The teaching is good at this school695650413211
The school helps me to support my child's learning665448396522
The school helps my child to have a healthy lifestyle735948391111
The school makes sure that my child is well prepared for the future (for example changing year group, changing school, and for children who are finishing school, entering further or higher education, or entering employment)615056460022
The school meets my child's particular needs615051412243
The school deals effectively with unacceptable behaviour544457464354
The school takes account of my suggestions and concerns534360494332
The school is led and managed effectively756142343211
Overall, I am happy with my child's experience at this school806537303222

The table above summarises the responses that parents and carers made to each statement. The percentages indicate the proportion of parents and carers giving that response out of the total number of completed questionnaires. Where one or more parents and carers chose not to answer a particular question, the percentages will not add up to 100%.


What inspection judgements mean

Grade 1OutstandingThese features are highly effective. An oustanding school provides exceptionally well for all its pupils' needs.
Grade 2GoodThese are very positive features of a school. A school that is good is serving its pupils well.
Grade 3SatisfactoryThese features are of reasonable quality. A satisfactory school is providing adequately for its pupils.
Grade 4InadequateThese features are not of an acceptable standard. An inadequate school needs to make significant improvement in order to meet the needs of its pupils. Ofsted inspectors will make further visits until it improves.

Overall effectiveness of schools

Overall effectiveness judgement (percentage of schools)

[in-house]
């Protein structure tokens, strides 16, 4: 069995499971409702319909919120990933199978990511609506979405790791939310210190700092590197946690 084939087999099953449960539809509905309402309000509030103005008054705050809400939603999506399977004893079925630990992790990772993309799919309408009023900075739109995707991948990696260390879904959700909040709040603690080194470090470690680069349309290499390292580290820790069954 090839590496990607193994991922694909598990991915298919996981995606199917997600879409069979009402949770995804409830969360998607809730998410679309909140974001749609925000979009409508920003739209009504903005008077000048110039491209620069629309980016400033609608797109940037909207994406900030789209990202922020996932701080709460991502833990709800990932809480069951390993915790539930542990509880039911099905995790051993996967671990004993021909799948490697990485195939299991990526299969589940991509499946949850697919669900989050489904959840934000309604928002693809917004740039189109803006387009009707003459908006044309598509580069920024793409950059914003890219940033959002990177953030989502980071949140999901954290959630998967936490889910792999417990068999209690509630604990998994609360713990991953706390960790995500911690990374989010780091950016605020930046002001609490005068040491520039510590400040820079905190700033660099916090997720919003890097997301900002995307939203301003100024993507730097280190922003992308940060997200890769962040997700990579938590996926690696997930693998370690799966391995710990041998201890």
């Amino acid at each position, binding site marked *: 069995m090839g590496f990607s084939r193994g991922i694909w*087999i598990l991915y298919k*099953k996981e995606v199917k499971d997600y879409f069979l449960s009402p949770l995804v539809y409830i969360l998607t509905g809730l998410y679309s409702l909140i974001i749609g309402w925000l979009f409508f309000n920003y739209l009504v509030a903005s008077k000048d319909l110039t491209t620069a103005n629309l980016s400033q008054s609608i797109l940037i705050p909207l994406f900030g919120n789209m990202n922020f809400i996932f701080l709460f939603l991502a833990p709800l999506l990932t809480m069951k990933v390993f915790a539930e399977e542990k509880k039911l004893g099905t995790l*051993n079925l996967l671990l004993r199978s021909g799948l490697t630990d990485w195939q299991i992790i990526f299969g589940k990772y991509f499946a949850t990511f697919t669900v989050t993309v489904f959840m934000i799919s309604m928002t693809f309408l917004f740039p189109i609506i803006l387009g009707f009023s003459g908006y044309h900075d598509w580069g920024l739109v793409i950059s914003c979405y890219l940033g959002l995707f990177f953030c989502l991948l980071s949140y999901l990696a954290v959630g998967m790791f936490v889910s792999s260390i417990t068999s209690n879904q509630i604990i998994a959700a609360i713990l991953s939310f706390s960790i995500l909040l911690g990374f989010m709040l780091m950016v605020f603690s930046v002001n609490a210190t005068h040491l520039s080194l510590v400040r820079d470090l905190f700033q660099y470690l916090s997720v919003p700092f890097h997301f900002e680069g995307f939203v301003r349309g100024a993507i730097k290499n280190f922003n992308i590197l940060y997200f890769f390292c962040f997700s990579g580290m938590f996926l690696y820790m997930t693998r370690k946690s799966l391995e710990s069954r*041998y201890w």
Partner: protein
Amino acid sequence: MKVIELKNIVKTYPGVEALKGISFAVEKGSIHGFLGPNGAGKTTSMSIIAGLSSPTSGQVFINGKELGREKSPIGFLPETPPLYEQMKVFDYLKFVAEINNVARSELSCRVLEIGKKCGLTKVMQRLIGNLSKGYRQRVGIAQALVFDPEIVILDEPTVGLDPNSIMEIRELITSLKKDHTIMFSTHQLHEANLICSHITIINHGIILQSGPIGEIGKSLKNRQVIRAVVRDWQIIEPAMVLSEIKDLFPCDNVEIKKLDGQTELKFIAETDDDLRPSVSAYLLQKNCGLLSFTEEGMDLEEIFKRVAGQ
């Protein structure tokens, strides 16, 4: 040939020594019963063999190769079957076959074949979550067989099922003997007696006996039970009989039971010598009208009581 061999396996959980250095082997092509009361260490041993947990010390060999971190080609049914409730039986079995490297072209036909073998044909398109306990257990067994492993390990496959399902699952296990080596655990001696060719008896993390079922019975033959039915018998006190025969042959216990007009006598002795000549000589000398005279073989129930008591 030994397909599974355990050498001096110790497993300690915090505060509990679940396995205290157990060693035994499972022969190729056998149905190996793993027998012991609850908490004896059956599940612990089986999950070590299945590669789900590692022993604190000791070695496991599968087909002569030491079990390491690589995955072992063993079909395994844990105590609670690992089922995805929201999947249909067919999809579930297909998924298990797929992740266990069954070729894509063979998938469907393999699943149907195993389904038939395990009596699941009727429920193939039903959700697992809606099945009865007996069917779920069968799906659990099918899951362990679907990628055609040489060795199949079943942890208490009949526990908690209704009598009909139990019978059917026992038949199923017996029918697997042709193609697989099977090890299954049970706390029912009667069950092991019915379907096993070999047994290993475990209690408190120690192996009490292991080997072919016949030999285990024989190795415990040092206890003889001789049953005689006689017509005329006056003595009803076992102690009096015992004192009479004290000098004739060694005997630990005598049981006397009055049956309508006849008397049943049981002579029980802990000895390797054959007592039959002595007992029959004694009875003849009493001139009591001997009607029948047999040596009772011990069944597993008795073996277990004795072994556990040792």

Type of schoolOutstandingGoodSatisfactoryInadequate
Nursery schools514504
Primary schools6414210
Secondary schools8344414
Sixth forms1037503
Special schools3238255
Pupil referral
All schools9404010

New school inspection arrangements were introduced on 1 September 2009. This means that inspectors now make some additional judgements that were not made previously.

The data in the table above is for the period 1 September to 31 December 2009 and is the most recently published data available (see Please note that the sample of schools inspected during the autumn term 2009 was not representative of all schools nationally, as weaker schools are inspected more frequently than good or outstanding schools.

Percentages are rounded and do not always add exactly to 100. Secondary school figures include those that have sixth forms, and sixth form figures include only the data specifically for sixth form inspection judgements.

Common terminology used by inspectors


the progress and success of a pupil in their learning, development or training.


the standard of the pupils' work shown by test and examination results and in lessons.

Capacity to improve:

the proven ability of the school to continue improving. Inspectors base this judgement on what the school has accomplished so far and on the quality of its systems to maintain improvement.

Leadership and management: